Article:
Digital Rectal Exam Remains Key in Men With Low PSA
Digital rectal exam findings are suspicious for cancer in many with PSA less than 2.5
21 june 2009-- Due to the number of men who may have aggressive prostate cancers despite a low prostate specific antigen (PSA), digital rectal exams (DREs) remain important in detecting early cancer, according to research published in the June issue of the Journal of Urology.
Joshua J. Meeks, M.D., of the Northwestern Feinberg School of Medicine in Chicago, and colleagues analyzed data from 77 patients who underwent radical retropubic prostatectomy and had a preoperative PSA less than 2.5 ng/ml.
The researchers found that in 66 percent of these men with low PSA, DRE findings were suspicious for cancer. The Gleason sum was 7 or higher in 10.4 percent of the men at biopsy and 26 percent of the men at surgery. Nine percent of patients had extracapsular tumor extension, and nearly 7.8 percent had positive surgical margins. The authors further note that mean tumor volume was significantly higher in men with a suspicious DRE compared to a normal exam (3.3 versus 1.7 cc).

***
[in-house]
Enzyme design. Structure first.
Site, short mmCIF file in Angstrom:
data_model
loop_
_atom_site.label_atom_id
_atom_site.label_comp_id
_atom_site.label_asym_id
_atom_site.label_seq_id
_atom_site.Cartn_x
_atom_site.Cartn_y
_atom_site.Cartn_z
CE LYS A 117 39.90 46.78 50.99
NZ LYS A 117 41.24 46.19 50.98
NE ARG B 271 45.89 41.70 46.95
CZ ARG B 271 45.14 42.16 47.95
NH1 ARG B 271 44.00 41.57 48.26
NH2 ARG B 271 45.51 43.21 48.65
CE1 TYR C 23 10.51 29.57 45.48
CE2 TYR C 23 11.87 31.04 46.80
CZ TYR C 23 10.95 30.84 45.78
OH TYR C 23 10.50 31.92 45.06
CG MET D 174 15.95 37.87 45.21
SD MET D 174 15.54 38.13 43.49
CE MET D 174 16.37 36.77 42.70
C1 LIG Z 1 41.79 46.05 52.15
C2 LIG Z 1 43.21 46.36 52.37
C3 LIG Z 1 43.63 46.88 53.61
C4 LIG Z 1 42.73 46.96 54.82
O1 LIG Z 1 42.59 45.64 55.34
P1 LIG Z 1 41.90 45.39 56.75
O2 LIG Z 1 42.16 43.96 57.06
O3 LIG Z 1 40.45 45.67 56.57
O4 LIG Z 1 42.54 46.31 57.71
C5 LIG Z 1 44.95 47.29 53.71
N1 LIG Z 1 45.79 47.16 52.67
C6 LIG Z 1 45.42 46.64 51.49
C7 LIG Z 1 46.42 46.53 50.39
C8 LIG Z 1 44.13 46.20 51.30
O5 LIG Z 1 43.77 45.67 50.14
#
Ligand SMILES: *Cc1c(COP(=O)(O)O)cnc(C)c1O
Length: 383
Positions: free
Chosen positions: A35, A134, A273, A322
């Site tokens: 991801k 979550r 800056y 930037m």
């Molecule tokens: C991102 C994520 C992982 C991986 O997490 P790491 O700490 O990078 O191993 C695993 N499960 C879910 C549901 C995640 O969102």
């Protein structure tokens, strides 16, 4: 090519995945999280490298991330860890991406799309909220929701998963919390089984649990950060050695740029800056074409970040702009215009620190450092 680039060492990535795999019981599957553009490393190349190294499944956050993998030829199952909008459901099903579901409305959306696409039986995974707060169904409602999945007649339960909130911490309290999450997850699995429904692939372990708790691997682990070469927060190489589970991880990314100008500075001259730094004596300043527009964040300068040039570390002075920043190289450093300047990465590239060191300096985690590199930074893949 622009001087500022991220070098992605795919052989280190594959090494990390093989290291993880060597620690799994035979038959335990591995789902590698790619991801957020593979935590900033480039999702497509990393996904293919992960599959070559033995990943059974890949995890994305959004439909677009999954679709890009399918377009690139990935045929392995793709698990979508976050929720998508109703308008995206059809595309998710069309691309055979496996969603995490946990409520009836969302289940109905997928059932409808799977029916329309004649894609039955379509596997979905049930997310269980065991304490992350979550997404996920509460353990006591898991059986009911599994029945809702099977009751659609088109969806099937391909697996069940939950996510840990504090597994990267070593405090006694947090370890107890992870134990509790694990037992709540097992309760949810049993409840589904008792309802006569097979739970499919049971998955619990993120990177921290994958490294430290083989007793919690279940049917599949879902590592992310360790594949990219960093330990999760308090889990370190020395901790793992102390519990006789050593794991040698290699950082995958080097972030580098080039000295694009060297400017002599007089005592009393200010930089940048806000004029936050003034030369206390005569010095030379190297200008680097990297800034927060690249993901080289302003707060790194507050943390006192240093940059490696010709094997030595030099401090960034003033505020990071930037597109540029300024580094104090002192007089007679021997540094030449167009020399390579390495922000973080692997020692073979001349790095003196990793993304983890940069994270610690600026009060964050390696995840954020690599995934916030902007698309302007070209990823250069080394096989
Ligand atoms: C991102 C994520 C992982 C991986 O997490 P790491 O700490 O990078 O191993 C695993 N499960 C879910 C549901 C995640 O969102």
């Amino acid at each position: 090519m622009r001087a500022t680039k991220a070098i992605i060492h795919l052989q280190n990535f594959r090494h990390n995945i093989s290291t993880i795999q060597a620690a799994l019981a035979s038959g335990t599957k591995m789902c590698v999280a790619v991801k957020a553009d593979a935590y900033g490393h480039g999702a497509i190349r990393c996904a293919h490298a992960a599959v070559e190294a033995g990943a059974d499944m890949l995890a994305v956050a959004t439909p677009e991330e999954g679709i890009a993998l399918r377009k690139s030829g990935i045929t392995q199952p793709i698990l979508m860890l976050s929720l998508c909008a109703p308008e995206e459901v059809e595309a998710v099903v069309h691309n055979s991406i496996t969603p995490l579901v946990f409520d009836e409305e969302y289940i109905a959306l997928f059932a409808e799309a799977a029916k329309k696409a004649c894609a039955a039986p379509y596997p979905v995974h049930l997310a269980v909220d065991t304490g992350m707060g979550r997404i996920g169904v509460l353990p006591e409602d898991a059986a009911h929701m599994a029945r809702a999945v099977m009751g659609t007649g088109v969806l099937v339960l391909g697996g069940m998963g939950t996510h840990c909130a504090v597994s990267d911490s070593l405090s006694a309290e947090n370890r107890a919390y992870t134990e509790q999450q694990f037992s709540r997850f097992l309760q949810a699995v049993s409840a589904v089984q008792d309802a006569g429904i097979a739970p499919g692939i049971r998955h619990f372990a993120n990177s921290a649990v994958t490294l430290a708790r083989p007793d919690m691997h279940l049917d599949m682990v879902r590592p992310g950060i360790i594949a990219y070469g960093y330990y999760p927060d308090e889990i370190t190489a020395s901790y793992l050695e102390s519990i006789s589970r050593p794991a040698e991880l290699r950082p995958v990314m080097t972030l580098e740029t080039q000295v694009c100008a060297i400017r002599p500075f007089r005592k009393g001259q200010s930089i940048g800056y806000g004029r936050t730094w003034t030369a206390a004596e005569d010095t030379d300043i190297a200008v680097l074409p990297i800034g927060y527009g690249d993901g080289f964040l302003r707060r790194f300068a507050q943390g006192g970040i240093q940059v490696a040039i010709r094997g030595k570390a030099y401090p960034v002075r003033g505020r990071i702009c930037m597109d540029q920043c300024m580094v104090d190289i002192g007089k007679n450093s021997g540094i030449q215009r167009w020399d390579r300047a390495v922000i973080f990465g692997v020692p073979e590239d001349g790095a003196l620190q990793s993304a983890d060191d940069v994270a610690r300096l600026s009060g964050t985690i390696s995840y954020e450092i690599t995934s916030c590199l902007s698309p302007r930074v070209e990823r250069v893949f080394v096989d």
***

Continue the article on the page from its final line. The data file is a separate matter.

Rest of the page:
"This study confirms that if we hope to detect some of these cancers without even an intermediate PSA increase, DRE can be a potent tool to detect clinically significant cancers in referral populations. The authors reported that adverse pathological features were observed significantly more frequently in patients with an abnormal DRE than in those with a normal DRE," writes the author of an accompanying editorial.
A study co-author reported a relationship with Beckman Coulter Inc., which supported the study, and deCODE Genetics.